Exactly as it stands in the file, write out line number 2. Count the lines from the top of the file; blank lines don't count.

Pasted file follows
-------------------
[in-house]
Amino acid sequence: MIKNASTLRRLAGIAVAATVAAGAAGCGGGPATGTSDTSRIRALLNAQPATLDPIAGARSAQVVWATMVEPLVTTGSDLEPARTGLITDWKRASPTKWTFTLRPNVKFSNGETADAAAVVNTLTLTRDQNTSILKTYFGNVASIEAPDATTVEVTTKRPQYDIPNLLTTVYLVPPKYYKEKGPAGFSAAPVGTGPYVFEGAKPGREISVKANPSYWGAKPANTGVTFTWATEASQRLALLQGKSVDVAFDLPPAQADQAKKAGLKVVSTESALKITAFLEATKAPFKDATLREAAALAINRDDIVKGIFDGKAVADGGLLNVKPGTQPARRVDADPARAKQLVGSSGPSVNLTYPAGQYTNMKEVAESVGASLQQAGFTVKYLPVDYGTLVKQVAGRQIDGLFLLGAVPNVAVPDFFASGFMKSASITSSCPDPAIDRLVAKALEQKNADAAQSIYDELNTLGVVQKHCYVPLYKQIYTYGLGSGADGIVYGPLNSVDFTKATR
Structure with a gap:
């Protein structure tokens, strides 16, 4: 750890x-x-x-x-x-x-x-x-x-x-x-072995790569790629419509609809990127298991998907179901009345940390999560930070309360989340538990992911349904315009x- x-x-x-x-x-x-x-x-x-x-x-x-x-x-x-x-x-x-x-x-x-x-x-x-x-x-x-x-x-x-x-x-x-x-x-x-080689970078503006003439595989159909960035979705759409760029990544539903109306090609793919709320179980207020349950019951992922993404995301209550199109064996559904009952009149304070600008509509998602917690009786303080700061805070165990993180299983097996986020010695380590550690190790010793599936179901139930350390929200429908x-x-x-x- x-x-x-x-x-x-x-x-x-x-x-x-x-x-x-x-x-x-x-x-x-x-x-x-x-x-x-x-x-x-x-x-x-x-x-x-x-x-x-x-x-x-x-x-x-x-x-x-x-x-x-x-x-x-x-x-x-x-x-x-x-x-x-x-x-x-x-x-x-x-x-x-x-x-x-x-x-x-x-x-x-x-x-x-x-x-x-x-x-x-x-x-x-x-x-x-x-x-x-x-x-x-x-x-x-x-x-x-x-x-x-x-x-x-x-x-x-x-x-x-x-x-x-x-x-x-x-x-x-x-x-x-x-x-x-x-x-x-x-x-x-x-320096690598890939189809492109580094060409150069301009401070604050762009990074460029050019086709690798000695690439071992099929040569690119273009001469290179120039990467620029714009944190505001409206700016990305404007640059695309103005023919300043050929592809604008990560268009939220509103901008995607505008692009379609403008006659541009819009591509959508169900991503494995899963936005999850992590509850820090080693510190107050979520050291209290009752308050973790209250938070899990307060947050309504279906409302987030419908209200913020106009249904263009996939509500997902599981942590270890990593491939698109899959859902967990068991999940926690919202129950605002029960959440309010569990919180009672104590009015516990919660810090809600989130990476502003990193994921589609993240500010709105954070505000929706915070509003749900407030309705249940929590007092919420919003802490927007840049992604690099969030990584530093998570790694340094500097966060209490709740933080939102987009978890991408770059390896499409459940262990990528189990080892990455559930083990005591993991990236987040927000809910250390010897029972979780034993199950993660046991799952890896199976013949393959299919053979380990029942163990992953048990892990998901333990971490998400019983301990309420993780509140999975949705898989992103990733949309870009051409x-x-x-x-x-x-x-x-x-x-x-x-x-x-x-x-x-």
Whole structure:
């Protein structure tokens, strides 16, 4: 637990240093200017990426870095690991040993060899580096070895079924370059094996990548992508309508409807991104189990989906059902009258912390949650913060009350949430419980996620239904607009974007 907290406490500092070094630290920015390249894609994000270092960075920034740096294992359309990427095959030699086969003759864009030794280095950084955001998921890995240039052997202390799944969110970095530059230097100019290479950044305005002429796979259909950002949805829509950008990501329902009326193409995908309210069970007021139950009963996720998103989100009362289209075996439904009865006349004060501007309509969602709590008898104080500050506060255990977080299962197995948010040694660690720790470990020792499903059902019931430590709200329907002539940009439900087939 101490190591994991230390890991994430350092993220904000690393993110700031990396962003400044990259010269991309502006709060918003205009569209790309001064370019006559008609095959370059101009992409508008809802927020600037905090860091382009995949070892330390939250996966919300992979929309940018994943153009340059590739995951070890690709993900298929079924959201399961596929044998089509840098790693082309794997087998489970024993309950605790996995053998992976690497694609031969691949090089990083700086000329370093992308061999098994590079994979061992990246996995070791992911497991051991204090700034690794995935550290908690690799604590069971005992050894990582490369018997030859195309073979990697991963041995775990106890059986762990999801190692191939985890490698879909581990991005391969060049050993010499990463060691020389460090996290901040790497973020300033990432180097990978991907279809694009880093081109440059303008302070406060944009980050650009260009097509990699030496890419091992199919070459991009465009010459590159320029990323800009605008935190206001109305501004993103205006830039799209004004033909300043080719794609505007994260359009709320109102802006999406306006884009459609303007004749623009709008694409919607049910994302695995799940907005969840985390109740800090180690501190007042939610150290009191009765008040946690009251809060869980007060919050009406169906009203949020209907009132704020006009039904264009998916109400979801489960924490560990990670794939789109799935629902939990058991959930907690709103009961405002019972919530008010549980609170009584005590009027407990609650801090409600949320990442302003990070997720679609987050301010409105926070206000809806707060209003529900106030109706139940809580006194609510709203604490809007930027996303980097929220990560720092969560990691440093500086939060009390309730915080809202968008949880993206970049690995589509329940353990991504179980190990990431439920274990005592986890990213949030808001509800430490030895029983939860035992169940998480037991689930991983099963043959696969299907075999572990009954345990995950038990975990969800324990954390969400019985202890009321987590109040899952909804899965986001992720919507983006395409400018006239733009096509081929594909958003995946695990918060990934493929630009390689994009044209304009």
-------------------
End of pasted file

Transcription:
Amino acid sequence: MIKNASTLRRLAGIAVAATVAAGAAGCGGGPATGTSDTSRIRALLNAQPATLDPIAGARSAQVVWATMVEPLVTTGSDLEPARTGLITDWKRASPTKWTFTLRPNVKFSNGETADAAAVVNTLTLTRDQNTSILKTYFGNVASIEAPDATTVEVTTKRPQYDIPNLLTTVYLVPPKYYKEKGPAGFSAAPVGTGPYVFEGAKPGREISVKANPSYWGAKPANTGVTFTWATEASQRLALLQGKSVDVAFDLPPAQADQAKKAGLKVVSTESALKITAFLEATKAPFKDATLREAAALAINRDDIVKGIFDGKAVADGGLLNVKPGTQPARRVDADPARAKQLVGSSGPSVNLTYPAGQYTNMKEVAESVGASLQQAGFTVKYLPVDYGTLVKQVAGRQIDGLFLLGAVPNVAVPDFFASGFMKSASITSSCPDPAIDRLVAKALEQKNADAAQSIYDELNTLGVVQKHCYVPLYKQIYTYGLGSGADGIVYGPLNSVDFTKATR